Tara IsonWhat would you rather do than write?

Knit.

Read indiscriminately.

Watch TV indiscriminately.

Go to the dentist (this is sort of disingenuous; I love going to the dentist).

Clean my bathroom.

isonThis is what I’ll paint, she decides: shells.

She is staying in a beach house at the last edge of asphalt before sand, a home that belongs to her best friend’s grandmother, who is away recovering from hip replacement surgery. She is here, emphatically, to paint. Back home in San Diego, a gallery owner, impressed by Sarah’s art store display canvases daubed with rich Old Holland oils, had proposed an exhibit. If there were some interesting, recent work, perhaps. Paintings that expressed and defined who Sarah is, now. This was an important opportunity, she realized, something worthy of focus. But can’t you paint here?, her parents had asked. There are too many distractions here, friends, work, family, she’d replied, hitting the fam hard, like in famine.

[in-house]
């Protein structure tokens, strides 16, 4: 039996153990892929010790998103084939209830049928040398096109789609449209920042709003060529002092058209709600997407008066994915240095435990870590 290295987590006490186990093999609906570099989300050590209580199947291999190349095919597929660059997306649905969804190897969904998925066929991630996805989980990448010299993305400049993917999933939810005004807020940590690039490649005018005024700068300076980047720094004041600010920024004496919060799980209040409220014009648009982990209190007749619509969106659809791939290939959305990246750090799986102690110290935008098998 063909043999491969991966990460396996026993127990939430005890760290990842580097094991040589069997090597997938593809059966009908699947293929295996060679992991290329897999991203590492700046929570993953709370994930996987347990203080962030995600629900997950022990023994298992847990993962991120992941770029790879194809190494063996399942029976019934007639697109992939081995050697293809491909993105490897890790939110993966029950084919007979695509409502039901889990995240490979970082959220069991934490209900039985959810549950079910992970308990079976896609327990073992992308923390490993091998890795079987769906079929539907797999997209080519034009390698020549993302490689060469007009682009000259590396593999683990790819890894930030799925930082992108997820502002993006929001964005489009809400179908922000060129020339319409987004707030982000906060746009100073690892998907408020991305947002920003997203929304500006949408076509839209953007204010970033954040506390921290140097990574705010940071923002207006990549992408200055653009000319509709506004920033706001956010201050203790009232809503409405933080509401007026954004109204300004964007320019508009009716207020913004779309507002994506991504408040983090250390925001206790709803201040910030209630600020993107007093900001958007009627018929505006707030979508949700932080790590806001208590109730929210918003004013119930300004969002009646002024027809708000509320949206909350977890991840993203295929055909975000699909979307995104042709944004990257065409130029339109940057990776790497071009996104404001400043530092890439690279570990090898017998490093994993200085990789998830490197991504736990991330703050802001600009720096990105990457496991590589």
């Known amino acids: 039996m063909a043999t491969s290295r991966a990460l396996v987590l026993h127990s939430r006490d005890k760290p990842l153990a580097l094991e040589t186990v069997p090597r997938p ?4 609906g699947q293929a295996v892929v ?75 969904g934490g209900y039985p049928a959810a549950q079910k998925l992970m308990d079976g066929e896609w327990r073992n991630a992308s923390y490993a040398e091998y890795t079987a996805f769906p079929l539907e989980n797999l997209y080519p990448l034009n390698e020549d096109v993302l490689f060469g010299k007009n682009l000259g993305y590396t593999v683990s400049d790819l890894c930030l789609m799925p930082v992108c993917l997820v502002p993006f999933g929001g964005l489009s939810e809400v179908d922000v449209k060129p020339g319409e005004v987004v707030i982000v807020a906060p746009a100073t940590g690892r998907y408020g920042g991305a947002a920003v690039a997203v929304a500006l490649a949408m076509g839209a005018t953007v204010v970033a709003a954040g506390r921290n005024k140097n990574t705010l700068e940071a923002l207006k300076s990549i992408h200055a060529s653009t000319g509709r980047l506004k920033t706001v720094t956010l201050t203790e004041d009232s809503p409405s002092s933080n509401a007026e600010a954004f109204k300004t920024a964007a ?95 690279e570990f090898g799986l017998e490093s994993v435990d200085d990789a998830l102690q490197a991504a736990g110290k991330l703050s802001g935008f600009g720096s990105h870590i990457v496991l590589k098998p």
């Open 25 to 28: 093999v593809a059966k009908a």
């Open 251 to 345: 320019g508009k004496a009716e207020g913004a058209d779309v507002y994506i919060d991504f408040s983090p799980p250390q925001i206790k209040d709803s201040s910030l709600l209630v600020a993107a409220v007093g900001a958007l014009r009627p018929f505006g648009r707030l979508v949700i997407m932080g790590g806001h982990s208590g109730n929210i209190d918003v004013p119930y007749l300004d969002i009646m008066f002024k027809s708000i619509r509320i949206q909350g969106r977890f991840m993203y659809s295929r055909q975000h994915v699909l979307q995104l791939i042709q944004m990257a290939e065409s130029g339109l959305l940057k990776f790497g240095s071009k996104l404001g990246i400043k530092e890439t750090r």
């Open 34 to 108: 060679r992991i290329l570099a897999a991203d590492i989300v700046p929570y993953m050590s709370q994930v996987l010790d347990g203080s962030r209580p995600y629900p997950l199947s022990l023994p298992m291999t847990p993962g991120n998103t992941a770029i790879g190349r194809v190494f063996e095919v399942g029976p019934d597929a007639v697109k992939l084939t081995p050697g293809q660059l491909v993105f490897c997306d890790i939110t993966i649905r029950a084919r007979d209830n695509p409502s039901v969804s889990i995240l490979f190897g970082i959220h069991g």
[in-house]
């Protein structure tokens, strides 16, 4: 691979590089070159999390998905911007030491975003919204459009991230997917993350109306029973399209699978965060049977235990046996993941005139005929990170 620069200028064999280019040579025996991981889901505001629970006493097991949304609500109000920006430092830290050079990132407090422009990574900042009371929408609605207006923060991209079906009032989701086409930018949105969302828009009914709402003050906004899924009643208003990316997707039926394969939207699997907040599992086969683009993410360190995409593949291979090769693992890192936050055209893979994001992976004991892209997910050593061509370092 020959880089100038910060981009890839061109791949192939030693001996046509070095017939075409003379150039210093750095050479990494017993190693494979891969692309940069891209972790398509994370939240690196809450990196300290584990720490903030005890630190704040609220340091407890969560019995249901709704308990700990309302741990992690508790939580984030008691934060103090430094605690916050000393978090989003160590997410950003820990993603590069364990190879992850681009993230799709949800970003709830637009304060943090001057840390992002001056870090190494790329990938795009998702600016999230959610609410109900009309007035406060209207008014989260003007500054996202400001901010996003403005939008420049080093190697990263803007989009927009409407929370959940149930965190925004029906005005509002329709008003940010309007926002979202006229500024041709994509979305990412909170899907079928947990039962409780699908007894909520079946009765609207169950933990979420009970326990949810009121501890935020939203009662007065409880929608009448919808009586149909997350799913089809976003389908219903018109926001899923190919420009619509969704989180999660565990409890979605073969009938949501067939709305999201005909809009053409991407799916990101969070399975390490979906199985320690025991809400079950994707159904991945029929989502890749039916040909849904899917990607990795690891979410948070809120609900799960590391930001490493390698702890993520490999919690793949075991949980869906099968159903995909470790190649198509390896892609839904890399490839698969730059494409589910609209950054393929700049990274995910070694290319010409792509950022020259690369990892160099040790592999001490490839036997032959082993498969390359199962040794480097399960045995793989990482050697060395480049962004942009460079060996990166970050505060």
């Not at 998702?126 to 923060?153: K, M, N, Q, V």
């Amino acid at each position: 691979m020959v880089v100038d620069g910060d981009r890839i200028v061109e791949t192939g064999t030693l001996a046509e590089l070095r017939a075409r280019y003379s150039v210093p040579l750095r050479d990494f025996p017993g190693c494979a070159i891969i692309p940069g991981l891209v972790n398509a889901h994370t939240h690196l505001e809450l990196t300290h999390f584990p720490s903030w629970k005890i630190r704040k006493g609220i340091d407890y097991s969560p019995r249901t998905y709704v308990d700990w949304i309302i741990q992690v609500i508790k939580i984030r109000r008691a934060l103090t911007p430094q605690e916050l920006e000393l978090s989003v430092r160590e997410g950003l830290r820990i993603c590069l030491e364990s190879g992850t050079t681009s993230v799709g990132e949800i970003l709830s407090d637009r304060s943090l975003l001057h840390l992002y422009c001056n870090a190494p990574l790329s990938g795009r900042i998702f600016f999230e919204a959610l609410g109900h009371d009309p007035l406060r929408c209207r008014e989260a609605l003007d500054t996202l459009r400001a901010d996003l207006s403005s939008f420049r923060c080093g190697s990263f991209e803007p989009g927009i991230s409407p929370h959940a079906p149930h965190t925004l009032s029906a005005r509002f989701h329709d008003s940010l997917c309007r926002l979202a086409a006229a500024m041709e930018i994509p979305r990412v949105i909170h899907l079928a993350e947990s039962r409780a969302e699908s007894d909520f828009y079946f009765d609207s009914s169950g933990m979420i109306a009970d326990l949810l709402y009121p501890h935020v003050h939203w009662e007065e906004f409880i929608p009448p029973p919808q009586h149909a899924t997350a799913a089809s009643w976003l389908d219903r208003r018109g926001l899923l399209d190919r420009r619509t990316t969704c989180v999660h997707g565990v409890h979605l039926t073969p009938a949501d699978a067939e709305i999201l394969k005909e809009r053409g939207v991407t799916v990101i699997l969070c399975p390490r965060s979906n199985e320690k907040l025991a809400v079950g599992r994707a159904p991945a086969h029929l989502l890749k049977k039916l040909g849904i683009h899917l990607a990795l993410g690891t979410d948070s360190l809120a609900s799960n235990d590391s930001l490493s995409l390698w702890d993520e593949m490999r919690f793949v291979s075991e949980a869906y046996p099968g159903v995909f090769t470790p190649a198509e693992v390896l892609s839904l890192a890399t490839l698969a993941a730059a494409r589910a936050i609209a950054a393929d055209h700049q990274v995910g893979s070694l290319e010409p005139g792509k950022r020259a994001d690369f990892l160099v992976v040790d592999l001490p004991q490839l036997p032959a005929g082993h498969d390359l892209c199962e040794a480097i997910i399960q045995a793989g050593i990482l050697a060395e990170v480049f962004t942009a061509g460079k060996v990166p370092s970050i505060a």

You’ll be fine without me, she told them. I need to do this. I need to get away.